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Upcoming Lunch to Examine Communication Between Genders BY: JESSICA KARSTEN

The next installment in the popular Women on the Rise to Shine series, presented by SunTrust, will be a lunch and learn at Bridgewater Place on April 13. Amanda Johns Vaden, a founding partner of Southwestern Consulting, will present “Unspoken – Redefining Men and Women in the World of Work.” She is a leading expert on reducing client turnover and helping businesses and salespeople grow sales by retaining and strengthening relations with their existing clients. Vaden holds degrees in Advertising and Business from the University of Tennessee, where she focused on creating direct selling techniques between genders. After performing hundreds of sales interviews in dozens of industries over the course of four years, Vaden has cracked the codes of communicating with the opposite gender. Her often humorous recap of the research brings clarity and empowering insights into understanding and relating to the subtle differences between how men and women think in today’s business environment. The lunch and learn will examine gender similarities in verbal and non-verbal communication, the underlying meaning behind words, the nuances of dress and appearance, and the overall structure of how men and women react, buy, and sell just a little bit differently. The presentation is meant to help increase effective communication between men and women, which increases overall productivity and efficiencies in the everyday work environment. The Women on the Rise to Shine professional development series launched in October 2015 as a partnership between the Knoxville Chamber and SunTrust. Focused on issues relevant to working women, the series presents women-centric programming in hopes of further developing female professionals. The event’s lunch and networking period will take place from 11:30 a.m. to 12 p.m., and the program will be from 12 to 1 p.m. The cost to attend is $30 for Chamber members and $40 for non-members. To find out more information or to register for the event, please visit the events page on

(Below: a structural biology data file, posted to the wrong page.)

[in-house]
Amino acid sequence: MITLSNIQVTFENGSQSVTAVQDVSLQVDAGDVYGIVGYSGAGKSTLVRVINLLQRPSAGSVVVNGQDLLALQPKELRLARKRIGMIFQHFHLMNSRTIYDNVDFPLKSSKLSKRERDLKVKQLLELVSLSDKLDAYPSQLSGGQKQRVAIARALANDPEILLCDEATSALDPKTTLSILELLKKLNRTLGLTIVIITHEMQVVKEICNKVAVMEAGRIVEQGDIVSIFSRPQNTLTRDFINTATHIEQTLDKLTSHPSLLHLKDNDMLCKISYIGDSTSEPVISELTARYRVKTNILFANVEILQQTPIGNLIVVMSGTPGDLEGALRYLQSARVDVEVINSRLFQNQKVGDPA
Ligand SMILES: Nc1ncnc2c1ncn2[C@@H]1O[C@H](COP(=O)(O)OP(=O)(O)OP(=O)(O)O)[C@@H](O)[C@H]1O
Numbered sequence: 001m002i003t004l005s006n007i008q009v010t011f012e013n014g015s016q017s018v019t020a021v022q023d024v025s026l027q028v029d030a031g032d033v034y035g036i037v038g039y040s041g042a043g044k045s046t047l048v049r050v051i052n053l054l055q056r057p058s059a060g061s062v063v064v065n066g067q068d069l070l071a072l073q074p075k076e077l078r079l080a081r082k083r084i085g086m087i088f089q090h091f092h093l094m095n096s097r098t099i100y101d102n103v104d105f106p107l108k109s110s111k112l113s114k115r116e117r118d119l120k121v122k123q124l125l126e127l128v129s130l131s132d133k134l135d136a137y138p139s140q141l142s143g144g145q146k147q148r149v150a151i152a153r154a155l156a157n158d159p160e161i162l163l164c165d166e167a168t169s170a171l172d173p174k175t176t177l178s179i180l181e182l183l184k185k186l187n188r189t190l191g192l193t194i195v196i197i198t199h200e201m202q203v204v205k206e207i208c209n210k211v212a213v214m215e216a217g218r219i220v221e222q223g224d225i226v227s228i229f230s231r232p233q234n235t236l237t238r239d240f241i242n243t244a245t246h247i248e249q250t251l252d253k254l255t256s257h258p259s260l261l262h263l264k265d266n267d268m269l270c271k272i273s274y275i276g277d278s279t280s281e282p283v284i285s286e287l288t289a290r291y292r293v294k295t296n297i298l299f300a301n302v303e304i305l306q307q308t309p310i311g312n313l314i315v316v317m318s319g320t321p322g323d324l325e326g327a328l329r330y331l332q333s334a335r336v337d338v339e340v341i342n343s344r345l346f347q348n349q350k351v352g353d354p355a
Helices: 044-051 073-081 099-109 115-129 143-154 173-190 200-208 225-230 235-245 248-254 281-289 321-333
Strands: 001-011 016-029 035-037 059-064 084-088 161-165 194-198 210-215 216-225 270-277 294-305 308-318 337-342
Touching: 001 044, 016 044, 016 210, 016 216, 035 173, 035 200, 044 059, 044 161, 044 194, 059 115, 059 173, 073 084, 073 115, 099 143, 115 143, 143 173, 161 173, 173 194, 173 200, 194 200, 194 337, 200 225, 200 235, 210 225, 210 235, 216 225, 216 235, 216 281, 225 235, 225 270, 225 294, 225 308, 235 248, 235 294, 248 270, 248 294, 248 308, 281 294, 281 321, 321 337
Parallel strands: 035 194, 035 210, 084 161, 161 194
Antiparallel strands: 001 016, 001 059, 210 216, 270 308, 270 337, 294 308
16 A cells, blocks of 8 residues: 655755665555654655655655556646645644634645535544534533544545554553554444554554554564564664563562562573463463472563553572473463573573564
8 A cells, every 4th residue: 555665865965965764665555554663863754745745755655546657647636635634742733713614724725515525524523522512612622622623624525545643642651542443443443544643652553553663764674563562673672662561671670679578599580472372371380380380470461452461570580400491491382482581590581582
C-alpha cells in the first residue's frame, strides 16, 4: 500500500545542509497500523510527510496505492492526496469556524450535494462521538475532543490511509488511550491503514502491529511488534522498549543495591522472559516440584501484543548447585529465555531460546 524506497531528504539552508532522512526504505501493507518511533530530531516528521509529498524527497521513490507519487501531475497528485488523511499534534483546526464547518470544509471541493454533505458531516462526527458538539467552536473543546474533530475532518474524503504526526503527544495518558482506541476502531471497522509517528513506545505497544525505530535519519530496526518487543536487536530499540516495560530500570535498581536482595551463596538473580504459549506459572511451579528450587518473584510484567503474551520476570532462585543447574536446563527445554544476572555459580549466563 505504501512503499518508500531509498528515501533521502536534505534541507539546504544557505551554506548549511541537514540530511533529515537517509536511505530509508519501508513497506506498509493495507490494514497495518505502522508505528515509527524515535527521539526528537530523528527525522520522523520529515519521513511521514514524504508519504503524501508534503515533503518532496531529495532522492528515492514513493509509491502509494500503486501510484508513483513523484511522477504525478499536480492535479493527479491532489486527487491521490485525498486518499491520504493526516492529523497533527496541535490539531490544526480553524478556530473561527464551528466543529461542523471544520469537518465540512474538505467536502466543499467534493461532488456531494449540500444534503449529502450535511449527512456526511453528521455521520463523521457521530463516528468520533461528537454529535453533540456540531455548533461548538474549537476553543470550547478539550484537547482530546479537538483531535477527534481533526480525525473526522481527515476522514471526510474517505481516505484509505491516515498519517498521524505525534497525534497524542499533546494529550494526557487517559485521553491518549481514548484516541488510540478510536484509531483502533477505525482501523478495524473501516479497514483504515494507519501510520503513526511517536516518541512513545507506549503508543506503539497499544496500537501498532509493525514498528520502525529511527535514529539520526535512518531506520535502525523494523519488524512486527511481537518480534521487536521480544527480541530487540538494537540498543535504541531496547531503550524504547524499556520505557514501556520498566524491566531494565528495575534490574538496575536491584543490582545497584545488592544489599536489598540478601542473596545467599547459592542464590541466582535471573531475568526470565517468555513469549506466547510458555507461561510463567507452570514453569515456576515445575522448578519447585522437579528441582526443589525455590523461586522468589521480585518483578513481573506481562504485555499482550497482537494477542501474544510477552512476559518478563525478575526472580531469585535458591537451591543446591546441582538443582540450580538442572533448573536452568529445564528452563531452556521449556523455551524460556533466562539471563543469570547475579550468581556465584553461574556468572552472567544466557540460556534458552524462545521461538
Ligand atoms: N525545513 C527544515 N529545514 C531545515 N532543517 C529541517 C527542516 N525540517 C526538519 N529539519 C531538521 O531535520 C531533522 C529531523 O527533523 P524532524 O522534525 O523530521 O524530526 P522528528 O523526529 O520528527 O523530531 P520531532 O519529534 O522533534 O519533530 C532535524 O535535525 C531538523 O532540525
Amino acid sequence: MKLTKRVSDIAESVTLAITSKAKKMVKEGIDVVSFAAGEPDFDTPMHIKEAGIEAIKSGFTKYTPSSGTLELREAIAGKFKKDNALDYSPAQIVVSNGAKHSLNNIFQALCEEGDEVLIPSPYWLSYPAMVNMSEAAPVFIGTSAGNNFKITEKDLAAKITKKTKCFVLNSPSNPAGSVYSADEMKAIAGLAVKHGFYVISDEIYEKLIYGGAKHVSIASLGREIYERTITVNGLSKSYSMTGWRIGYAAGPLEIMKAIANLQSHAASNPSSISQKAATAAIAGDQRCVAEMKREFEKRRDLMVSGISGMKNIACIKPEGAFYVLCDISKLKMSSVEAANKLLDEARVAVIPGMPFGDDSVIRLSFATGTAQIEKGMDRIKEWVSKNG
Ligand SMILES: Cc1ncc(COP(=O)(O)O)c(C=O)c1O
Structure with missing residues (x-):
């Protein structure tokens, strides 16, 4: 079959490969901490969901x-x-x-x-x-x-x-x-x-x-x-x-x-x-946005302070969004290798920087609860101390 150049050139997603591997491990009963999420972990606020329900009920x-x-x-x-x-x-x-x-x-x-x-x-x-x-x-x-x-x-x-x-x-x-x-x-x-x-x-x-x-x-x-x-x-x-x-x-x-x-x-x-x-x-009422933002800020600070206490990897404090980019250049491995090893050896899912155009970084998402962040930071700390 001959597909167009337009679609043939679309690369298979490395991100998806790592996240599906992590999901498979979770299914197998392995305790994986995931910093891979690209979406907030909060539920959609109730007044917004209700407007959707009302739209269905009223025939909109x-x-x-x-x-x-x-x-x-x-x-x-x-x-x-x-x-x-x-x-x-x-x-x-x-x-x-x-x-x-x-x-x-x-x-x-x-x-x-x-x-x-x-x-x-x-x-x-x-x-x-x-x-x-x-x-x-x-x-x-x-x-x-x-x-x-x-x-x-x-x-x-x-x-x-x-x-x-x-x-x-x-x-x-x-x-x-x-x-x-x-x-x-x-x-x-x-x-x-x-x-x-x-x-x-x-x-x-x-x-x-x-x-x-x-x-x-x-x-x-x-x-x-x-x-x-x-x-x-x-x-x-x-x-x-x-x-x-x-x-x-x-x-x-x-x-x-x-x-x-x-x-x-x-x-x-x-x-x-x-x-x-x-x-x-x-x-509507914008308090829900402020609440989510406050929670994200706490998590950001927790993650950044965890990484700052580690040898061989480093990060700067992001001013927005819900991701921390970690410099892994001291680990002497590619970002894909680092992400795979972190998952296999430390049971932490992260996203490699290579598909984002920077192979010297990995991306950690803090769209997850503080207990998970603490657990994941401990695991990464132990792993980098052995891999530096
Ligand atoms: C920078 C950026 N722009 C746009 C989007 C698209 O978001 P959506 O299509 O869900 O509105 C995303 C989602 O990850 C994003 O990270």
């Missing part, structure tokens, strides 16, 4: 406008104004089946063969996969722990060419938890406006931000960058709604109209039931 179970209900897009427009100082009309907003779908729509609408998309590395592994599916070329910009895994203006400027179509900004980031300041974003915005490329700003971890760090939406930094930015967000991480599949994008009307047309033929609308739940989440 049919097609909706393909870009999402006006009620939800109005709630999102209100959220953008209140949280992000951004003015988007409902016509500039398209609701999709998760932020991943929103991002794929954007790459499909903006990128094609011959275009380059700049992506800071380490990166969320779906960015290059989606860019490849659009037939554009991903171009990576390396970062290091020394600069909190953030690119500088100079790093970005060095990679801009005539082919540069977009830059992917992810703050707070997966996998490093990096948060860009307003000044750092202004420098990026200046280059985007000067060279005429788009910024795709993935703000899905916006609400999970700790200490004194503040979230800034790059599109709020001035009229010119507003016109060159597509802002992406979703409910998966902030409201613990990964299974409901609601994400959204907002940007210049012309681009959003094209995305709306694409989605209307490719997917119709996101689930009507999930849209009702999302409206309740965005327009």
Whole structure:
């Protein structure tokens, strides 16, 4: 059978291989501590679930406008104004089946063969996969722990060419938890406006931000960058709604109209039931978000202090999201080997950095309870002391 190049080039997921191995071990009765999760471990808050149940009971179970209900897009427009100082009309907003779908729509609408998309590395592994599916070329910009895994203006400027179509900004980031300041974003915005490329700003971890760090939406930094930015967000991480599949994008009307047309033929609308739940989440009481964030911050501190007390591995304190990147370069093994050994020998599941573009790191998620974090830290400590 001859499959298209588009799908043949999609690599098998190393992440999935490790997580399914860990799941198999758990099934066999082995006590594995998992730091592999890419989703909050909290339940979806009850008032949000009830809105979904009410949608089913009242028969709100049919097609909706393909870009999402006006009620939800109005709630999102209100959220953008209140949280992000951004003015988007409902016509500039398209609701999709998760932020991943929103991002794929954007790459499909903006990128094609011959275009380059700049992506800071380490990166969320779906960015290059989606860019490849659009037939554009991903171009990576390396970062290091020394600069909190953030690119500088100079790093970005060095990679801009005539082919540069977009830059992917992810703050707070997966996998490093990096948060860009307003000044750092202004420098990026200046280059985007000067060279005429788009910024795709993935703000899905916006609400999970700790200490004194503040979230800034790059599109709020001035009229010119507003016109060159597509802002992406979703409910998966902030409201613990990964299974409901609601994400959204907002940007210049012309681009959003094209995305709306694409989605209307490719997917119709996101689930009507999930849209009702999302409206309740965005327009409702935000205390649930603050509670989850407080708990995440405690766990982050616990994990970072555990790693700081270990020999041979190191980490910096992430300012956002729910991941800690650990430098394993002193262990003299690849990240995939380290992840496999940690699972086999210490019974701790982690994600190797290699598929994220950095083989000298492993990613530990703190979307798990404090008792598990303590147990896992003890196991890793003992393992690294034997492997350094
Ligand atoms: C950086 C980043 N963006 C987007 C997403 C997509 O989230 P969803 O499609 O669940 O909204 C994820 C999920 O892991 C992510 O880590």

APRIL 1 Legislative Briefing

Panel Discussion – Session Wrap-Up 8 – 9 a.m. • Knoxville Chamber, 17 Market Square PRESENTED BY:

APRIL 13 Women on the Rise to Shine Series Lunch and Learn “Unspoken - Redefining expectations between men and women in the world of work” by Amanda Johns Vaden, Southwestern Consulting 11:30 a.m. -12 p.m. – Lunch and Networking • 12 – 1 p.m. – Program $30 for members; $40 for non-members Bridgewater Place, 205 Bridgewater Rd., 37923 PRESENTED BY:

APRIL 19 Bright Ideas Seminar: Free Google Tools to Enhance Scheduling & Time Management Presented by Jason Caudill, King University 11:30 a.m. – 1 p.m. • Knoxville Chamber, 17 Market Square $25 for Members; $40 for non-members PRESENTED BY:

APRIL 22 a.m. Exchange at Fort Sanders Health & Fitness 8 – 9 a.m. • 270 Fort Sanders W. Boulevard, 37922 SPONSORED BY:

APRIL 27 Premier Partner Event featuring Ken Lowe, chairman, president and CEO of Scripps Networks Interactive 7:30 – 8:30 a.m. • 9721 Sherrill Blvd, 37932

Exclusive to Premier Partners Only Go to “Chamber Events” on to learn more or register for any of these events. You may also call the events line, (865) 246-2622

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April 2016 Commerce  
April 2016 Commerce